- Does or did your toddler not utter any word or anything resembling a word at 16 months?
- Did your toddler’s vocabulary diminish instead of improve?
In case this rings true, it is very important to get in touch with a pediatrician, to have a look and see what is happening in your child’s life. Even for a specialist it can be hard to diagnose autism at such a young age, but at least your child will get the extra care that is needed, and you will learn about the best way to help your child with his or her development.
Once again: A child can easily have a delay in language development without having autism!
List of 10 best picture books for the development of your baby and toddler
After all this important information on your child’s language and speech development, I end this blog with a list of good picture books that I have compiled. Reading books with your child and reading to your child will help prepare for future reading skills.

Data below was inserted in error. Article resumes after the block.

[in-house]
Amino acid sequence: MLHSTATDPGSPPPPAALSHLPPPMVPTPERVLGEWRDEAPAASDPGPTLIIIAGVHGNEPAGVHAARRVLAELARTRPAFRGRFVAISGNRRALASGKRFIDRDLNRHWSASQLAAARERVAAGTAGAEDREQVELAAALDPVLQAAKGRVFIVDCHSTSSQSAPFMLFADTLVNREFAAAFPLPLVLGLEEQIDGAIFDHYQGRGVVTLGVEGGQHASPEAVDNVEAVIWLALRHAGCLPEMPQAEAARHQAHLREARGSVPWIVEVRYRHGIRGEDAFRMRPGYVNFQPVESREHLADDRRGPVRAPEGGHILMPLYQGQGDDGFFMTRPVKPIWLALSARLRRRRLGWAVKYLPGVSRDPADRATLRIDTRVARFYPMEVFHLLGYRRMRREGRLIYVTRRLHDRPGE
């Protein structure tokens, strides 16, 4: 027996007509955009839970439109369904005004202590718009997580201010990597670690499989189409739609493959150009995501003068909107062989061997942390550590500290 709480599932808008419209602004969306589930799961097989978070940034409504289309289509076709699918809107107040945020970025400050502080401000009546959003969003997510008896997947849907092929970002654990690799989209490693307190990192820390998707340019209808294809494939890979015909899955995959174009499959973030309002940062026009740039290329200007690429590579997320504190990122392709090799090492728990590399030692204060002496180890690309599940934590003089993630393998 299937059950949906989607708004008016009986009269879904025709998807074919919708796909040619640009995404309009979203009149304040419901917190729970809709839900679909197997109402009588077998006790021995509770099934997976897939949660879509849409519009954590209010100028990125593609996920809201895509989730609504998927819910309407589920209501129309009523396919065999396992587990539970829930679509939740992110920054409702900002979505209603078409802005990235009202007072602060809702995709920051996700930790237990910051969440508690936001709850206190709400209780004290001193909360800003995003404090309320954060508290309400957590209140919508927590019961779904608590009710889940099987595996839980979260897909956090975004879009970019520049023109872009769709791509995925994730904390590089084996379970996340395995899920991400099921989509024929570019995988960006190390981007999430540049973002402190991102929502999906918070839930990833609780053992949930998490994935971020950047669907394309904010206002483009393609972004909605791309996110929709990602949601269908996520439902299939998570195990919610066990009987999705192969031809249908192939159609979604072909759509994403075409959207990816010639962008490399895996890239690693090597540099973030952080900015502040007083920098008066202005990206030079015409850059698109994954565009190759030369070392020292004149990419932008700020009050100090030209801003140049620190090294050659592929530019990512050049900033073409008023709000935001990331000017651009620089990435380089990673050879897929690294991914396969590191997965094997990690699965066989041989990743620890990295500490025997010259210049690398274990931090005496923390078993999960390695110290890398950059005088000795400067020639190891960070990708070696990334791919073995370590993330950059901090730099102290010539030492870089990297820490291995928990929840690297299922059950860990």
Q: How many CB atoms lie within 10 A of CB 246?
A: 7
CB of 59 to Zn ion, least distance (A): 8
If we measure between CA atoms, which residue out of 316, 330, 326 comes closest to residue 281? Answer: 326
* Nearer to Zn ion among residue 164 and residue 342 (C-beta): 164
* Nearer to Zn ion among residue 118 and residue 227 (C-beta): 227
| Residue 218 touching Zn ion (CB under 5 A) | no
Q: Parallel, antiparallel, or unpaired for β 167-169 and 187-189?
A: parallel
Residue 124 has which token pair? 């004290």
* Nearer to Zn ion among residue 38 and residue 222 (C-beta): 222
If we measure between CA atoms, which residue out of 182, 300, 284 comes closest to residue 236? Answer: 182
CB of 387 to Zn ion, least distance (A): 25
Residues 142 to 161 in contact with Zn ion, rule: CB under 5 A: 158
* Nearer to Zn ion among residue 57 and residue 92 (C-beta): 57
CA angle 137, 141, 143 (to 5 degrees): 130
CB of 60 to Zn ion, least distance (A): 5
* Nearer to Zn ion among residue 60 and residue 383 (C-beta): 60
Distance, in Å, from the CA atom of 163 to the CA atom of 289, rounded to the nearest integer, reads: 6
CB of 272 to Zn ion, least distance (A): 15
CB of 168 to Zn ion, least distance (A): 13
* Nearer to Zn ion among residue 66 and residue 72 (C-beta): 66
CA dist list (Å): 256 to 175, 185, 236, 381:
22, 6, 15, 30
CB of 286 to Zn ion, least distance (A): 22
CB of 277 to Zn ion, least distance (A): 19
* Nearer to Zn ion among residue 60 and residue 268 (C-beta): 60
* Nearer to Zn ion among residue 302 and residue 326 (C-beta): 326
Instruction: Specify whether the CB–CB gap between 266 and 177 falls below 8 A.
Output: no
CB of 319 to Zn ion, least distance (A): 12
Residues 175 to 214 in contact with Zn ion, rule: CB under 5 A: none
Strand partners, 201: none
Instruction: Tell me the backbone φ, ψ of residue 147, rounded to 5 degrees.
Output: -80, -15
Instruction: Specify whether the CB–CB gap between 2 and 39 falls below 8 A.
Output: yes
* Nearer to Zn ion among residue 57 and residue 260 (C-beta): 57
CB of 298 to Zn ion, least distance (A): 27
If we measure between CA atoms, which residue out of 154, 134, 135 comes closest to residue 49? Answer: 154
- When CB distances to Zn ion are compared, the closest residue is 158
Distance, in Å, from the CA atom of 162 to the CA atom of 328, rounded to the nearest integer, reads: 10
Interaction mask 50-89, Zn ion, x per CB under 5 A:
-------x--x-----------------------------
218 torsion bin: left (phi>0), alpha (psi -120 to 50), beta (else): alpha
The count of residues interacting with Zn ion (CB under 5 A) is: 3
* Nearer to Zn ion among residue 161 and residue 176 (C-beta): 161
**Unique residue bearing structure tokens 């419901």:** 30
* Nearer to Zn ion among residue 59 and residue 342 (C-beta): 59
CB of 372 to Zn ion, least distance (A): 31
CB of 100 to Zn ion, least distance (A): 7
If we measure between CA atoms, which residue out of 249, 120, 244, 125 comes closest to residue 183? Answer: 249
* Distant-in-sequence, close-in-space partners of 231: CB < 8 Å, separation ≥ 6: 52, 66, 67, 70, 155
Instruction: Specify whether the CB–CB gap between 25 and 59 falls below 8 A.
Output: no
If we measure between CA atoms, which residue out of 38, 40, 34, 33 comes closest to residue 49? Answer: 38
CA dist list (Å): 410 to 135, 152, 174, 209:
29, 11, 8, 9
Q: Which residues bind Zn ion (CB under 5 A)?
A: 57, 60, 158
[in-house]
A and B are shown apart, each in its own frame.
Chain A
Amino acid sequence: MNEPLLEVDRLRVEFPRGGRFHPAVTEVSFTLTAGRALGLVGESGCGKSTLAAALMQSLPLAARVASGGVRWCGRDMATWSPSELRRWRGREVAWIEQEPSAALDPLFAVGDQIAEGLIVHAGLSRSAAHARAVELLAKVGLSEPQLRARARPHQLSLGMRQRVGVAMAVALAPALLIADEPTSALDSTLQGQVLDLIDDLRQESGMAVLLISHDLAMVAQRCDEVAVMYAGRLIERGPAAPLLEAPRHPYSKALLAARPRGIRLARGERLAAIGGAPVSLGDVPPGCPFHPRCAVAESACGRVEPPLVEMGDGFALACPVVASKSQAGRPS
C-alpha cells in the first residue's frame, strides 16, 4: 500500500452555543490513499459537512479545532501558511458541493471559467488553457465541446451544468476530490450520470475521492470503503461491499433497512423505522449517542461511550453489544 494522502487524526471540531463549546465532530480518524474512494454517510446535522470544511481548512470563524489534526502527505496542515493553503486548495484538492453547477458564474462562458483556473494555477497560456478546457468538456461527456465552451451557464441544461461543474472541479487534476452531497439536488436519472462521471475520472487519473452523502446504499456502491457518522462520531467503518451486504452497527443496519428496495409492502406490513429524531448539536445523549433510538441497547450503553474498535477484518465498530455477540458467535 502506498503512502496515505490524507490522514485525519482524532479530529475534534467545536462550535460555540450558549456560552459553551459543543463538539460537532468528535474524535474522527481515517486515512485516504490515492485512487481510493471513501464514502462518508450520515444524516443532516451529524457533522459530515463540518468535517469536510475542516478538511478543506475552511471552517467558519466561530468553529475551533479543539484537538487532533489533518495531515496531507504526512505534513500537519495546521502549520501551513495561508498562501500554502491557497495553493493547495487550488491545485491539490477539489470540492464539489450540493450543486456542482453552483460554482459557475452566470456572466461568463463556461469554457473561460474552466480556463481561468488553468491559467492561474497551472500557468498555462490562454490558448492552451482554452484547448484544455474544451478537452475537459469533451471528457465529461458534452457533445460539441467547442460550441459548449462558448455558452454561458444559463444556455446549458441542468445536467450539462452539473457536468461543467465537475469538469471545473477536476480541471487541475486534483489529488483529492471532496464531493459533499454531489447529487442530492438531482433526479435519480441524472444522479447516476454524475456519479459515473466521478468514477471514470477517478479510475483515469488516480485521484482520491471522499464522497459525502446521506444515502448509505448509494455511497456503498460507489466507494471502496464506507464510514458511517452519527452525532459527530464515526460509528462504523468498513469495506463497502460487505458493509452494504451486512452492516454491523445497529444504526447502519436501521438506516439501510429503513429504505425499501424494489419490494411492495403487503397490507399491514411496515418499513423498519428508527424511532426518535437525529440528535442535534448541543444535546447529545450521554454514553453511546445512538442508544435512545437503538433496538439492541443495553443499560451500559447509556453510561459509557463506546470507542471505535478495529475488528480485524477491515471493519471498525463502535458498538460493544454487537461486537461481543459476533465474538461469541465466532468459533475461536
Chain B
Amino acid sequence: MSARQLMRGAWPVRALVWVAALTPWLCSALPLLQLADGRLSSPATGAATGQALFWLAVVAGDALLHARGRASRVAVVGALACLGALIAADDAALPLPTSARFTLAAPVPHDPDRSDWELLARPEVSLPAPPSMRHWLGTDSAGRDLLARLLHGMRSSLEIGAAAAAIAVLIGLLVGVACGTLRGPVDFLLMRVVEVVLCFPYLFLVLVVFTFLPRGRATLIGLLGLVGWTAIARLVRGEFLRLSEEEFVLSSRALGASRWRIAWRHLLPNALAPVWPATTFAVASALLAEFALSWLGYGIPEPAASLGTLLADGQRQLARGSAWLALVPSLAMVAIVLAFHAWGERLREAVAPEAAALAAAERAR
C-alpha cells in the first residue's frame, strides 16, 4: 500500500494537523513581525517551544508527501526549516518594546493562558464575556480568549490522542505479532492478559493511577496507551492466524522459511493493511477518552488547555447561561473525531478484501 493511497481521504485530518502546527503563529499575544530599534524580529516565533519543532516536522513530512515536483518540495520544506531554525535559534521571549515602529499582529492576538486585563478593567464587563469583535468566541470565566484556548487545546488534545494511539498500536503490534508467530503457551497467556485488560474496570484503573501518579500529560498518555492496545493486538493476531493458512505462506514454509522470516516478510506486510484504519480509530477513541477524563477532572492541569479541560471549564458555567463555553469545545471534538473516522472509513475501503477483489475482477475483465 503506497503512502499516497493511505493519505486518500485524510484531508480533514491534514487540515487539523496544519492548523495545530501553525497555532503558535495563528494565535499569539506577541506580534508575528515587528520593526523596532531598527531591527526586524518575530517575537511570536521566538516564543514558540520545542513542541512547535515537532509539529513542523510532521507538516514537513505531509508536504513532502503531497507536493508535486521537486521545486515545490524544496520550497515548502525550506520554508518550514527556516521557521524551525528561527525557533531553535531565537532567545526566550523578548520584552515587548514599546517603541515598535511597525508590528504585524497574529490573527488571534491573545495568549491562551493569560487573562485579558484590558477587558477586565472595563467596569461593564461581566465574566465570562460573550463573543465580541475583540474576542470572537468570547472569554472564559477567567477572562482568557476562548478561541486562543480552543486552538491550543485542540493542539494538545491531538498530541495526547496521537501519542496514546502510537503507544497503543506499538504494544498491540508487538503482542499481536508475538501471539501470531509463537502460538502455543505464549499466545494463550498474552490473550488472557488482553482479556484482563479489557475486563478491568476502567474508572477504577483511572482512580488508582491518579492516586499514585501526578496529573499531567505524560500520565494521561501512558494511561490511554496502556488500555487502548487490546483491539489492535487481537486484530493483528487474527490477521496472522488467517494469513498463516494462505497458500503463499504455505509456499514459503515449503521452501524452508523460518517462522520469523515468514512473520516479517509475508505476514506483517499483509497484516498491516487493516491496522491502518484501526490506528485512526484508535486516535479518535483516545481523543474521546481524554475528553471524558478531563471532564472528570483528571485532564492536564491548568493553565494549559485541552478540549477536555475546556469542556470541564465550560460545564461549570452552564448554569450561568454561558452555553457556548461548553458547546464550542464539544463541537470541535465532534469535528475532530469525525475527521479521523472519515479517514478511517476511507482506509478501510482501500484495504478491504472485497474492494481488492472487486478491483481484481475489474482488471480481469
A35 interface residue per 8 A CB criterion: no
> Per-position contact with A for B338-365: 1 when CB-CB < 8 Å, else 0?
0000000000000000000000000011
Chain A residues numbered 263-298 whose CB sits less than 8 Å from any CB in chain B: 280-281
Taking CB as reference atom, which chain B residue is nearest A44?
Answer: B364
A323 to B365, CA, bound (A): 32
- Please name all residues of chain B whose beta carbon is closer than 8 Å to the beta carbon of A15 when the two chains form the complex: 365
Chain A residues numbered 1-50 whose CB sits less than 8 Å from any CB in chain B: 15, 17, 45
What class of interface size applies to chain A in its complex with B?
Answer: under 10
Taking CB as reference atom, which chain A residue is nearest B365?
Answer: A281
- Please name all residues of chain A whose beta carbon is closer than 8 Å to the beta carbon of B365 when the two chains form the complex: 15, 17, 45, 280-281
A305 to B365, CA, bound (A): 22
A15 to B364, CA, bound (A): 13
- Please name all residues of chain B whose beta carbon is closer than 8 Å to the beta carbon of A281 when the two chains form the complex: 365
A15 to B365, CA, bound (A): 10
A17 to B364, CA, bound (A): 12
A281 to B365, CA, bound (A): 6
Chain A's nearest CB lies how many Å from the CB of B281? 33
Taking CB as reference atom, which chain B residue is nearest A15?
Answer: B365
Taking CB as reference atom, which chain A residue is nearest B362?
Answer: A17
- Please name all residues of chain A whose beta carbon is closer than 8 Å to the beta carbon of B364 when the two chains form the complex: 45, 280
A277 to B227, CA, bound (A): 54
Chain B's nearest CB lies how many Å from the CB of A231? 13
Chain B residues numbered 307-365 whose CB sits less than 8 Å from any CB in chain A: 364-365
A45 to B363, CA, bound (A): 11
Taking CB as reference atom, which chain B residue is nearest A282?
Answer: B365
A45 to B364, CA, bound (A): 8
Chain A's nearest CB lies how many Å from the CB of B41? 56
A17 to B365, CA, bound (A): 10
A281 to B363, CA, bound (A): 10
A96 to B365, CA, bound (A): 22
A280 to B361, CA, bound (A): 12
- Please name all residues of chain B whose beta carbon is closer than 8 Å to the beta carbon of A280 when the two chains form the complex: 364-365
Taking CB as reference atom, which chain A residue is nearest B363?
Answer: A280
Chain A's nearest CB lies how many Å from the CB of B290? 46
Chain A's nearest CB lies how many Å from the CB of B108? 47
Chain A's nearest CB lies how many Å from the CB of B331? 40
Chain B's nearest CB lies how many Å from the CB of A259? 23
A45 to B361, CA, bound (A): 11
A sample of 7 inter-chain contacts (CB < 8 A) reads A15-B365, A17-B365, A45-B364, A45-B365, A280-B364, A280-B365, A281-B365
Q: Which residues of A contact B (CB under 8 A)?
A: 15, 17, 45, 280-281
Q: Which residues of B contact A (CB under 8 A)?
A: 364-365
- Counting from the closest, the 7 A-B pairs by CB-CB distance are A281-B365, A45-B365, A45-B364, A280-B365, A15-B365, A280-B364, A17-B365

This lift flap book is for babies and young toddlers. It is fun for your child to lift the flaps and guess which animal is hiding behind them.
For very young toddlers this book with a 3D doggy is very interesting.
Two classics amongst picture books. These books should be in every child’s bedroom.
This beautifully illustrated book is the perfect way to let your child know you love him or her very much.
The following book is very endearing. A giraffe likes nothing more than dancing, but with its long legs this is very difficult. A friend steps in to help.
Every page of this book is a beautiful painting of an animal that is tired and goes to sleep: A great book to incorporate in your sleep ritual. See my blog How to get a toddler to sleep?
Cute babies are born every day. They are hugged, kissed and adored by the entire family: A fun and recognizable book for toddlers.
Mother Goose’s most treasured nursery rhymes. With six spreads of pop-ups and mini books, this book is a phenomenal family keepsake to read for years to come.